I’ve never really had the tourist inclination to go out and eat what my culture would regard as strange foods when abroad for the novelty of it. Sure, I sometimes eat ants in Colombia, crickets in Mexico, grasshoppers in Thailand, and fried duck’s tongue in China, but I do so because they taste good, not to put an exclamation point on a vacation to somewhere. Nothing in my experience told me that sucking a mucusy, feather-budding late stage embryo straight from a shell could potentially taste good. But there is a value in life to being able to say, “Yeah, I did that.”
I considered the offer.
Though, perhaps luckily, I lost my place at the feeding trough. Some German guy strode into the room and laid claim to my balut. The Filipino workers who appeared to live on the benches and chairs in the common room of the hostel gathered around the German. Apparently, giving foreigners balut and watching their reaction is a playful intrigue for the people here.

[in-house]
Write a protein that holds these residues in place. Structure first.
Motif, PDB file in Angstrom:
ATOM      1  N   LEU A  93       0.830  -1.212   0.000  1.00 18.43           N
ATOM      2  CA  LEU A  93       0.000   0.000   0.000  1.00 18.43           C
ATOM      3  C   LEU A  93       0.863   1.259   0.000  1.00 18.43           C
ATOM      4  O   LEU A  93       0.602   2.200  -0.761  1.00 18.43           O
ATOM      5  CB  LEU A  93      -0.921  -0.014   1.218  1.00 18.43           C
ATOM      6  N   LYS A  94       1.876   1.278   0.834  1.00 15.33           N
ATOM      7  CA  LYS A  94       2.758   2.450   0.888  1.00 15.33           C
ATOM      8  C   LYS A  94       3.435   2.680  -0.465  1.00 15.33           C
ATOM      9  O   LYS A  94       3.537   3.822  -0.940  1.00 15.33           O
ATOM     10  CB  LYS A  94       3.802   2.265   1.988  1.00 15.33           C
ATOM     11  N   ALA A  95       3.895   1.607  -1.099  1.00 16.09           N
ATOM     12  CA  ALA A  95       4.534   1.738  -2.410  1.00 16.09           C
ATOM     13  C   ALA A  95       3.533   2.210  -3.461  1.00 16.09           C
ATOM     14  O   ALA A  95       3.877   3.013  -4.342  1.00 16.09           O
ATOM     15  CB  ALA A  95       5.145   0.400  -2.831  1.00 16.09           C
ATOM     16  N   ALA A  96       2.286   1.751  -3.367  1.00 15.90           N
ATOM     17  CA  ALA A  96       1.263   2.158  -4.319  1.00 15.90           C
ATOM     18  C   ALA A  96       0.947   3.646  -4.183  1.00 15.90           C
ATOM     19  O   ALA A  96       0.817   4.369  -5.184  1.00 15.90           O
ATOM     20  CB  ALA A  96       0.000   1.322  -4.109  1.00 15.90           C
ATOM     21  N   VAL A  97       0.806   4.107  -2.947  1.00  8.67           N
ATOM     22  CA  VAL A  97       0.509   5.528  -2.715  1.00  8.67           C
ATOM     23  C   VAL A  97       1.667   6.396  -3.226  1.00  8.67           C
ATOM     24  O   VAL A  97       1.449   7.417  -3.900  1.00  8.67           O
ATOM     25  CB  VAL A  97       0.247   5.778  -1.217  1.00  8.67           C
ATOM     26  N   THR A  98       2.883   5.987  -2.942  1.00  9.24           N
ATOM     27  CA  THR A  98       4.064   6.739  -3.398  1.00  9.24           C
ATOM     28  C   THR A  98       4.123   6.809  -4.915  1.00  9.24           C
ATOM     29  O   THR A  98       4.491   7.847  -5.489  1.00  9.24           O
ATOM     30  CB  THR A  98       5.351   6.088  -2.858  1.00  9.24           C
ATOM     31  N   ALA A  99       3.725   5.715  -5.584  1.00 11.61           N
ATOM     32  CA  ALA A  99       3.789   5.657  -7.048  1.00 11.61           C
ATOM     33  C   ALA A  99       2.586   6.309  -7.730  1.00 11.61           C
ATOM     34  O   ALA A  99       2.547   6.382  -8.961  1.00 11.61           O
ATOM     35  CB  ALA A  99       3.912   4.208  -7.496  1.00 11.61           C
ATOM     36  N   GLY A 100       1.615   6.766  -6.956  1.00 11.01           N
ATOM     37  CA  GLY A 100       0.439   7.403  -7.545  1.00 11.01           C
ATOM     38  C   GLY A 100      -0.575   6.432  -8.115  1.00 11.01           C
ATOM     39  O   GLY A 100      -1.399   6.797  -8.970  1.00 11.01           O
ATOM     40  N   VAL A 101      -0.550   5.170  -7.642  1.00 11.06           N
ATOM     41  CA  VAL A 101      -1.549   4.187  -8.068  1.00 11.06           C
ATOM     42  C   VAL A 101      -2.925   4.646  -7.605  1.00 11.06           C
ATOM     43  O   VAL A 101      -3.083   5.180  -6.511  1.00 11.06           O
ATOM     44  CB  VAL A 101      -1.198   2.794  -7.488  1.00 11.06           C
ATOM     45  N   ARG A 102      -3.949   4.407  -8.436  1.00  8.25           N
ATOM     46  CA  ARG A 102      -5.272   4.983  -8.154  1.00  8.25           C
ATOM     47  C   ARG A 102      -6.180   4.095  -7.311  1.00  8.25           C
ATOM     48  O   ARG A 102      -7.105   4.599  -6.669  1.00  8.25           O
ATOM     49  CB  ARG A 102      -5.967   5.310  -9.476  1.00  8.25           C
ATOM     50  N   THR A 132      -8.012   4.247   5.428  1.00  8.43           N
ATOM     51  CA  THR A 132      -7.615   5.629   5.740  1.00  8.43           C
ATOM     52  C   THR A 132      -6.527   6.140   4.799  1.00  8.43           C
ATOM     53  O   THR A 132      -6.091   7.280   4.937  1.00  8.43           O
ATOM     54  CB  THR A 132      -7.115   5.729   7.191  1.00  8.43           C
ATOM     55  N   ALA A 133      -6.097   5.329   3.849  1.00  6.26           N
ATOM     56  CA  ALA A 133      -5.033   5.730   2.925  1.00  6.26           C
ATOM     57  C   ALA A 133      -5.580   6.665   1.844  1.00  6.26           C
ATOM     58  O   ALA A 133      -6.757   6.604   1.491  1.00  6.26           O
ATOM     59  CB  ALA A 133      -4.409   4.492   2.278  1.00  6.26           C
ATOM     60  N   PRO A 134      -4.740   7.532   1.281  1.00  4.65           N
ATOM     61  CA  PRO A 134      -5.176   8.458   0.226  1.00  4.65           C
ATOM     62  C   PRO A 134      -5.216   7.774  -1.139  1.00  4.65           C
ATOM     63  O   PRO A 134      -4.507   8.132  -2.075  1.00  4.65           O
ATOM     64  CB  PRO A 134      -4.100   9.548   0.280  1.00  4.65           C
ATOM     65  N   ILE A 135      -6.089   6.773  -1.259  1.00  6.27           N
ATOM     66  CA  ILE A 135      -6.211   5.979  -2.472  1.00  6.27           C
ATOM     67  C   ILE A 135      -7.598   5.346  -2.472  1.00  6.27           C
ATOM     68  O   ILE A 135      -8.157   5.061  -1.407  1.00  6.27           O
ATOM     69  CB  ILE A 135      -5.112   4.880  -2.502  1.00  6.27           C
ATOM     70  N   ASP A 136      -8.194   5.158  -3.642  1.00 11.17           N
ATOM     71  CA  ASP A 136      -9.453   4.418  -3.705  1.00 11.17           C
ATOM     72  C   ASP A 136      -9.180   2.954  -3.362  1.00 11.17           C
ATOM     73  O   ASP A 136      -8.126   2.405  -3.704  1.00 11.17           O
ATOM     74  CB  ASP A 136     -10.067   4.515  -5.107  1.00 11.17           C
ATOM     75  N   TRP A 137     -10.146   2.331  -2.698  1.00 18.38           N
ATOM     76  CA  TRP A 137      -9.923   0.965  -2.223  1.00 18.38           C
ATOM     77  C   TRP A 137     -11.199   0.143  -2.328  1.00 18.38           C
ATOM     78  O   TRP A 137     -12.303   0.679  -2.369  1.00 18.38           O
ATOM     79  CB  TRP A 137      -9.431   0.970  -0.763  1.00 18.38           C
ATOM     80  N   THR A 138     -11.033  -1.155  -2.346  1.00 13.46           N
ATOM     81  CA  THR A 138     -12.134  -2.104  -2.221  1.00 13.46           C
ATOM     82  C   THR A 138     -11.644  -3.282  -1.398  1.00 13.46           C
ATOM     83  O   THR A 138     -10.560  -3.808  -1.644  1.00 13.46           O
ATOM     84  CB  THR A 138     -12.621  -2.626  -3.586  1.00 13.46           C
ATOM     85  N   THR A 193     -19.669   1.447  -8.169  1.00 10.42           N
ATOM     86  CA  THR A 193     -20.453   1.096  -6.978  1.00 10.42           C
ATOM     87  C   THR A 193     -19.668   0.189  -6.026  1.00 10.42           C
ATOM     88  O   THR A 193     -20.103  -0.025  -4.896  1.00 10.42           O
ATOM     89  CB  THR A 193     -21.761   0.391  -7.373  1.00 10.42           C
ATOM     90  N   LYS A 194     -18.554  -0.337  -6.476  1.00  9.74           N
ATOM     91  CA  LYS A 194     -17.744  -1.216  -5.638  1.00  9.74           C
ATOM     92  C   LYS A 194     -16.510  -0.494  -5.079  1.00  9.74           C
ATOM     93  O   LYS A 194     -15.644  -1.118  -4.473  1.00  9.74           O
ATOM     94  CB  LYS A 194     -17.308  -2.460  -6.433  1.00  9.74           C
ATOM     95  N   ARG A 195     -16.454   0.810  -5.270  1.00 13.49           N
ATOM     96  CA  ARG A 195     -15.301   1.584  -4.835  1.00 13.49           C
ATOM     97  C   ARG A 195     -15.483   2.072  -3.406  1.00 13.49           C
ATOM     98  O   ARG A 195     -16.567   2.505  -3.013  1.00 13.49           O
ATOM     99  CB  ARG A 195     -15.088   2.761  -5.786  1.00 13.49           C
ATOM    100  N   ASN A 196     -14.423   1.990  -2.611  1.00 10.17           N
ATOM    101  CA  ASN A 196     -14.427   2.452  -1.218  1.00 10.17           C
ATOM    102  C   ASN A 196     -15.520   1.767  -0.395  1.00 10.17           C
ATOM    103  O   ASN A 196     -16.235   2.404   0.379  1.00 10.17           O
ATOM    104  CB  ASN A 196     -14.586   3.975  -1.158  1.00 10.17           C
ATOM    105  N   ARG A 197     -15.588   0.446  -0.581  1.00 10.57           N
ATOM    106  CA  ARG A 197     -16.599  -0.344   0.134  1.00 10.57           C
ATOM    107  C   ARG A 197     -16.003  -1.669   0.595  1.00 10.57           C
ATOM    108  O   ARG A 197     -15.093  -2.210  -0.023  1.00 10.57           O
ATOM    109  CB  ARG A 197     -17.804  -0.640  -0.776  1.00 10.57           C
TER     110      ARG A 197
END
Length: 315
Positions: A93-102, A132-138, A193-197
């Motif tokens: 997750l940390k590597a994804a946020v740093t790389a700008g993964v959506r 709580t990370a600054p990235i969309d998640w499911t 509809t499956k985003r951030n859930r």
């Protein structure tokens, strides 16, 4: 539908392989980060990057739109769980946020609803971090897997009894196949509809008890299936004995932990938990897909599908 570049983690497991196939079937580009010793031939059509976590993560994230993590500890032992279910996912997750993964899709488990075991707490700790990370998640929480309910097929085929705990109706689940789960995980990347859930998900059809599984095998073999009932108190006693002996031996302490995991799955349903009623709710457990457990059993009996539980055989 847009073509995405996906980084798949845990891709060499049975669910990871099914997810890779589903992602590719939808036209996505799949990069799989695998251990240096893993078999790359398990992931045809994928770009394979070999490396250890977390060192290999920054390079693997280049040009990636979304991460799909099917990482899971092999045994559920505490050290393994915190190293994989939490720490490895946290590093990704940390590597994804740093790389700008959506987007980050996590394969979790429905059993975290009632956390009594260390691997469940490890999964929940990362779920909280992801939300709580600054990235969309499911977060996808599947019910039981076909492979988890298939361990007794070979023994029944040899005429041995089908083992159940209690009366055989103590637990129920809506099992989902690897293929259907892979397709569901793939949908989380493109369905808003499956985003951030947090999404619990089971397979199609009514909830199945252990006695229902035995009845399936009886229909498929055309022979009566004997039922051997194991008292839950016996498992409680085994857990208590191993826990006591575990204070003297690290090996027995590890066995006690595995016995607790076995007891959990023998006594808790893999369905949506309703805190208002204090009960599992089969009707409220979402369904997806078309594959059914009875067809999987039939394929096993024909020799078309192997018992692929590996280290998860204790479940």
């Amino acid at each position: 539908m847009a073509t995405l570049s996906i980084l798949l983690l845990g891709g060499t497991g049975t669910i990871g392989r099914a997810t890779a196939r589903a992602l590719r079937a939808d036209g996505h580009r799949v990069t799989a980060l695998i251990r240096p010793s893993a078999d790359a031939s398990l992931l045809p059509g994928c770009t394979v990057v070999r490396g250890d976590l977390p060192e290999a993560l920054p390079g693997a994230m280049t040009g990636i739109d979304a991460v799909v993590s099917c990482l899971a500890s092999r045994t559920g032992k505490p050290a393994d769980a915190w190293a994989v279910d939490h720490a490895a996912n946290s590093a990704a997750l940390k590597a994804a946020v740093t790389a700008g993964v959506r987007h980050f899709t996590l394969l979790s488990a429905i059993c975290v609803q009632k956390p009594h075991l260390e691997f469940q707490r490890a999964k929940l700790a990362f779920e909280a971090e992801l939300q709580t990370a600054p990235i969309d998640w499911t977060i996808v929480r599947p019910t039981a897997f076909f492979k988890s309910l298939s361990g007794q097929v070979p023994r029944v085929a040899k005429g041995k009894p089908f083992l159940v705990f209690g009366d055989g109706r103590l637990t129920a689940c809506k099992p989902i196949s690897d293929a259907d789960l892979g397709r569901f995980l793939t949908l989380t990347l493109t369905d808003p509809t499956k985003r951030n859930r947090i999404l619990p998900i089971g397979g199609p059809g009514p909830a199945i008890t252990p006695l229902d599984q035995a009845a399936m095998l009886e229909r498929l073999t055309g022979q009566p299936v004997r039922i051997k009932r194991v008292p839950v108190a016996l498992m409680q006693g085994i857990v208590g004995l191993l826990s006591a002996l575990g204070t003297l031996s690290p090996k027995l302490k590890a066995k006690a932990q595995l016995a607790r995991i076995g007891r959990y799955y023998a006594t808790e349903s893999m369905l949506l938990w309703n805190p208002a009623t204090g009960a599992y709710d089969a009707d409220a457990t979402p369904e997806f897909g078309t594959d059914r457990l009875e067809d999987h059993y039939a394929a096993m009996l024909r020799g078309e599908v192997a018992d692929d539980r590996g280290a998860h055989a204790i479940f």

Apol Danganan, Vagabond Journey’s former Philippines correspondent, began her article on balut like this:
They gagged, they choked, they puked. Many foreigners, businessmen and travelers alike have defied squeamishness and bravely tried to eat balut, only to fail and prove themselves not as adventurous as they thought themselves to be. Many foreigners have failed to conquer this notorious delicacy of the Philippines in their attempt to immerse themselves deeper into Filipino culture. I can’t blame non-Filipinos if they throw up once they feel the crunchy beak and the hair of the tiny, pitiful dead duckling in their mouth.